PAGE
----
Rick Santorum 2012: Republican Presidential Candidate

PHOTO: Rick Santorum

Ninety-nine counties: It's the goal of every candidate who wants to win Iowa.

In the 2012 GOP race for the White House, it's Rick Santorum who will be the first to hit every county in the first caucus state. Despite still low poll numbers, the former Pennsylvania senator has spent the most time in the Hawkeye state of all his rivals and he's hoping to surprise the field with a Mike Huckabee-style win in January.

Santorum, 53, announced his candidacy on Good Morning America June 6, 2011, telling the nation, "We're ready to announce that we are going to be in this race and we're in it to win."

It might have seemed like a surprising decision for Santorum, who badly lost his most recent election in 2006 to Bob Casey in an 18-point drubbing. But his conservative credentials and passionate opposition to abortion, gay marriage and what he sees as the erosion of the American family could be appealing in not only Iowa, but also South Carolina.

Santorum was born in Winchester, Va., in 1958 and raised in Butler County, Pa. He is the son of an Italian immigrant father and he frequently cites his father's and grandfather's struggles in fascist Italy as reasons he is running for the presidency. His parents worked for the Veteran's Administration: his father, a psychologist, and his mother, a nurse.

Santorum graduated from Pennsylvania State University in 1980, then received an MBA from the University of Pittsburgh a year later and five years after that received a law degree from the Pennsylvania State University Dickinson School of Law. He began practicing law in Pittsburgh and, while working at the firm Kirkpatrick and Lockhart, met his now-wife Karen Garver.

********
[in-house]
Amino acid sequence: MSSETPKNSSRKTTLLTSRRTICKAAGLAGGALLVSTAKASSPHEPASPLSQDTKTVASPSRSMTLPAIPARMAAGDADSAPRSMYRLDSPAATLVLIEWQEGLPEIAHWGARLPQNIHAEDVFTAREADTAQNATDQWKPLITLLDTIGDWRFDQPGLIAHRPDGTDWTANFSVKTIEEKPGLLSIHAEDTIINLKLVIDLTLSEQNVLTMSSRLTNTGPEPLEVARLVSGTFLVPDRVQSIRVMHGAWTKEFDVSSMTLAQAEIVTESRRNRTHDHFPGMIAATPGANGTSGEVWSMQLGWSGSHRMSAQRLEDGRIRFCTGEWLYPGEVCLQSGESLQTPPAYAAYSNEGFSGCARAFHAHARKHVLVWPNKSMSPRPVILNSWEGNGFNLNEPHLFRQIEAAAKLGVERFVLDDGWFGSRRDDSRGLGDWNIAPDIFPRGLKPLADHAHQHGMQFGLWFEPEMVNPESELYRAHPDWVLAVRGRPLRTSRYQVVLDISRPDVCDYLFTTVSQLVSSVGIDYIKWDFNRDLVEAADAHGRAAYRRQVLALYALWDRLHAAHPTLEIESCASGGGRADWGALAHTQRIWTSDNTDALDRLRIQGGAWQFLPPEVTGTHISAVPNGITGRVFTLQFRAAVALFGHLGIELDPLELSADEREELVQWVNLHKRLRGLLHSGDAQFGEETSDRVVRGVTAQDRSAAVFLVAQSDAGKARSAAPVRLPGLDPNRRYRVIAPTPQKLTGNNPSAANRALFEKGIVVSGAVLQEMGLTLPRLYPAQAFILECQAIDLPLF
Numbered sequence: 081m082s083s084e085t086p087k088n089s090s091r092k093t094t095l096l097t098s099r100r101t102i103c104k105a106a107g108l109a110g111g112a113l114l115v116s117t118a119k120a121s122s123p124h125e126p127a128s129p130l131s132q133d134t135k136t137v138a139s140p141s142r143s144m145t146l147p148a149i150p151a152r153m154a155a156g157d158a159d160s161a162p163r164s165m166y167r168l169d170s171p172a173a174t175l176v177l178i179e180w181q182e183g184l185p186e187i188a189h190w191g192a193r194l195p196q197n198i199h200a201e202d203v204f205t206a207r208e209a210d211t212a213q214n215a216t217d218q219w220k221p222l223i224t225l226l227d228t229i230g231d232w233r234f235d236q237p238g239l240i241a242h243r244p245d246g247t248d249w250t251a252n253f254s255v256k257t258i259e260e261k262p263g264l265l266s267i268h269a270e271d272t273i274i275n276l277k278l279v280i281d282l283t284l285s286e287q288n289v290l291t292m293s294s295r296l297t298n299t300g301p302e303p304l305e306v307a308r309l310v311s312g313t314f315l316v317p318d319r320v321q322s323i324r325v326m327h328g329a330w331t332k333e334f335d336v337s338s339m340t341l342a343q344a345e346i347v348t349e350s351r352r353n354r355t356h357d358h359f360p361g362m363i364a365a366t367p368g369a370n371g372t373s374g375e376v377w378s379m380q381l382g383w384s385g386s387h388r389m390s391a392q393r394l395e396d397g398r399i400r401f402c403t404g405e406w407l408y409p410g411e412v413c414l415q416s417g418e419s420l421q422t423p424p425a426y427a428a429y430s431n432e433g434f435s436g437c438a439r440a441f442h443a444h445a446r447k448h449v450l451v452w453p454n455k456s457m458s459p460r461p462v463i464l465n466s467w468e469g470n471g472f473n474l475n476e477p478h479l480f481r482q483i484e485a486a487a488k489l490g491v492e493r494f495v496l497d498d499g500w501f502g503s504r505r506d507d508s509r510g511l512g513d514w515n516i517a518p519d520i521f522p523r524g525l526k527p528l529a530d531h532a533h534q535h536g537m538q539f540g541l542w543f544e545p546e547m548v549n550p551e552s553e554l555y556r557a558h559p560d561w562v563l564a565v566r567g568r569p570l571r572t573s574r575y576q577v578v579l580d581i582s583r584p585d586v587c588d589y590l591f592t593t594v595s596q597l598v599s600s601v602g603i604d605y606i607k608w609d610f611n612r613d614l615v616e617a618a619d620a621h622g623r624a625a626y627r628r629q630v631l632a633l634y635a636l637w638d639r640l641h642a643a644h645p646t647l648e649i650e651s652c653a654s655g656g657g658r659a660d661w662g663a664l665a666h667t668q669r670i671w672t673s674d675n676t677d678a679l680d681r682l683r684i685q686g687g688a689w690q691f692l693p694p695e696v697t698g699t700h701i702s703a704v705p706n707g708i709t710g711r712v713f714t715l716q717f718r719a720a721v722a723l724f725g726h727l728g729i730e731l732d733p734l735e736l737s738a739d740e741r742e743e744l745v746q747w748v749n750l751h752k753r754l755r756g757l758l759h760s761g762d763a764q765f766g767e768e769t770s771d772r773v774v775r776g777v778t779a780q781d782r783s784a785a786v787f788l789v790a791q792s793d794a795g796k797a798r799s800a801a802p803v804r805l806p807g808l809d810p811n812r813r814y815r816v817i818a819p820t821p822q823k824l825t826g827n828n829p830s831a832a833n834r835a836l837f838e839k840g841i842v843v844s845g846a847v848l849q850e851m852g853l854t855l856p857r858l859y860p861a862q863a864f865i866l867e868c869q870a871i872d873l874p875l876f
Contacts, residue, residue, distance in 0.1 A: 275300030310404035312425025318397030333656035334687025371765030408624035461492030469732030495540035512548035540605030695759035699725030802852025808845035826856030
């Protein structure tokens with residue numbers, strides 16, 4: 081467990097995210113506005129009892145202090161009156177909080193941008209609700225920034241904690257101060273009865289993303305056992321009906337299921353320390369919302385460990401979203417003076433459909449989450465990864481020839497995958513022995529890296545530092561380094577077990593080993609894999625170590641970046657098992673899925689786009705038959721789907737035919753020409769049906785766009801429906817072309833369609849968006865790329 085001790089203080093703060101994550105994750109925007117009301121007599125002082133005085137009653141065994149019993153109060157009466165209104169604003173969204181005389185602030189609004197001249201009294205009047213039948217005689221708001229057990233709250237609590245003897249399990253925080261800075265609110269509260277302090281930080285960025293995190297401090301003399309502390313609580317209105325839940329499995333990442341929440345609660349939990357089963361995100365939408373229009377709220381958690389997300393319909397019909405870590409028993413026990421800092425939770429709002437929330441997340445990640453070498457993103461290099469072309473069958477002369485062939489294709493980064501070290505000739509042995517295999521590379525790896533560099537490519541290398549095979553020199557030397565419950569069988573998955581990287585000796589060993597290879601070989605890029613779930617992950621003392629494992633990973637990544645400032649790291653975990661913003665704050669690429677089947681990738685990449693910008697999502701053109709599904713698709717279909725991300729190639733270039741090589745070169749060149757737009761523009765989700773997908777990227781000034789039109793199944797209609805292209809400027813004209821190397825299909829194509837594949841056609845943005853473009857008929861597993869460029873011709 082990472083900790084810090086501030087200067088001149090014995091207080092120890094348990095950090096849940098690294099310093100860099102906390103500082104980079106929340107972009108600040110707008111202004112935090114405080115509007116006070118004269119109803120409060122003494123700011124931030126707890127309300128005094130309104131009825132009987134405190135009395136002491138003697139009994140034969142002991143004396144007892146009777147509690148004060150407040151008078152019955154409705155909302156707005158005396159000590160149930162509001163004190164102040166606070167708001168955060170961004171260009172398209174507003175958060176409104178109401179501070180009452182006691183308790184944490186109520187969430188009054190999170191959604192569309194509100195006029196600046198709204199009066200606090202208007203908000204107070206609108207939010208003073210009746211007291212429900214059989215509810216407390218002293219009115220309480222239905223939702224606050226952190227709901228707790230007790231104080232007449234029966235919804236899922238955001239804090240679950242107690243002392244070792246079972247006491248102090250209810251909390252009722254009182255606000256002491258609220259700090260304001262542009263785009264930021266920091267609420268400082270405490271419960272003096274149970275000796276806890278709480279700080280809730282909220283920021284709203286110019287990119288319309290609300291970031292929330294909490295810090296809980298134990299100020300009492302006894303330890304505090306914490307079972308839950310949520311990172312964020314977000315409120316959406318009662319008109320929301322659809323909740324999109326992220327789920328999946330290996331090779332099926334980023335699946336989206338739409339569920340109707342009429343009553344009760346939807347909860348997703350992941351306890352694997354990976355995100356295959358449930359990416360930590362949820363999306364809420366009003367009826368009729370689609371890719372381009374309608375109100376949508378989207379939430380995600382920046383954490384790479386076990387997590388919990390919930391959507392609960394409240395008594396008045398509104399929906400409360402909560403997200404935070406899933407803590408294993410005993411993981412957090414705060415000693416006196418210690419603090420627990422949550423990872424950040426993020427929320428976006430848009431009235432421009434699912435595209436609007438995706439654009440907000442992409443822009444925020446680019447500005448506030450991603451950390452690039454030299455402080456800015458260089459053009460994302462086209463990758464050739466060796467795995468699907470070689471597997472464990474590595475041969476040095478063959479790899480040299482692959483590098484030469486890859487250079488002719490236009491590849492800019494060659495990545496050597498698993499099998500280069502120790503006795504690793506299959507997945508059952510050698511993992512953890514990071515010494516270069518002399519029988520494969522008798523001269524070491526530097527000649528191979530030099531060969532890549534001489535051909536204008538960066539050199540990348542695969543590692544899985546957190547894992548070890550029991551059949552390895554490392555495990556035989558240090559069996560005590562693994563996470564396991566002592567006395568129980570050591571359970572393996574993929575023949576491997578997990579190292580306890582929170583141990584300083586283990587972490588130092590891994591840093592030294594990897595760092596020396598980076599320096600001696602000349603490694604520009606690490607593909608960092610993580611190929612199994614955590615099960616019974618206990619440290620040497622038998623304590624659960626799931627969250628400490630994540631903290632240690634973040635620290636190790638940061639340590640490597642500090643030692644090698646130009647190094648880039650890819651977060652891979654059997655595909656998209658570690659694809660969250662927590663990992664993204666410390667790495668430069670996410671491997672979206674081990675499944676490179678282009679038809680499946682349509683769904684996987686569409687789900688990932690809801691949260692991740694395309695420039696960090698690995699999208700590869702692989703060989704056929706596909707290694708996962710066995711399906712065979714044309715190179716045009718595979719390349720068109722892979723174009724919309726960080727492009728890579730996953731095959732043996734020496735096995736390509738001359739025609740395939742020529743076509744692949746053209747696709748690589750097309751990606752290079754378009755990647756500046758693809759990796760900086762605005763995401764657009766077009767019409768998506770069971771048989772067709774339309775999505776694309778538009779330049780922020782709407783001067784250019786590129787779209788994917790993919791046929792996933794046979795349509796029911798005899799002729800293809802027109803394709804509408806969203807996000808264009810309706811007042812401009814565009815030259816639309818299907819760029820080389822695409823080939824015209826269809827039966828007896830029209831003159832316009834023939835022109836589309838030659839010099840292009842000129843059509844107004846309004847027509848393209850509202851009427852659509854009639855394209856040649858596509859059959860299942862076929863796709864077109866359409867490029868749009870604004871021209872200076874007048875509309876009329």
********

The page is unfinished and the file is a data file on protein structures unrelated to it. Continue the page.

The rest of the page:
They married in 1990, the year he first ran for Congress, winning an upset victory at 32 against a seven-year Democratic incumbent in the 18th District of Pennsylvania. Santorum attacked his opponent for living outside the district for most of the year, a tactic that would come back to haunt him in his failed 2006 Senate re-election campaign.

Known for a combative and aggressive style still visible on the campaign trail and in debates, Santorum became a member of the Gang of Seven, a group of newly elected House members who helped expose the House banking and congressional post office scandals.

After two terms in the House, at age 36, he ran for Senate, defeating a Democratic incumbent 32 years his senior. Santorum has been the most vocal-- and controversial -- on the socially conservative issues he most passionate about: abortion and homosexuality.

During debates about late-term abortion, he brought in large posters of fetuses on the Senate floor using graphic language to describe why he believed the procedure should be outlawed.

Although Santorum was always anti-abortion, he cites his fourth child's being born prematurely and dying hours after birth Oct. 11, 1996, as a reason he became even more passionate about the issue. After their son's death, Santorum and his wife brought the body to his wife's parents' home for several hours to spend time with their three children. They named their son Gabriel and his wife wrote a book, "Letters to Gabriel," about the experience.

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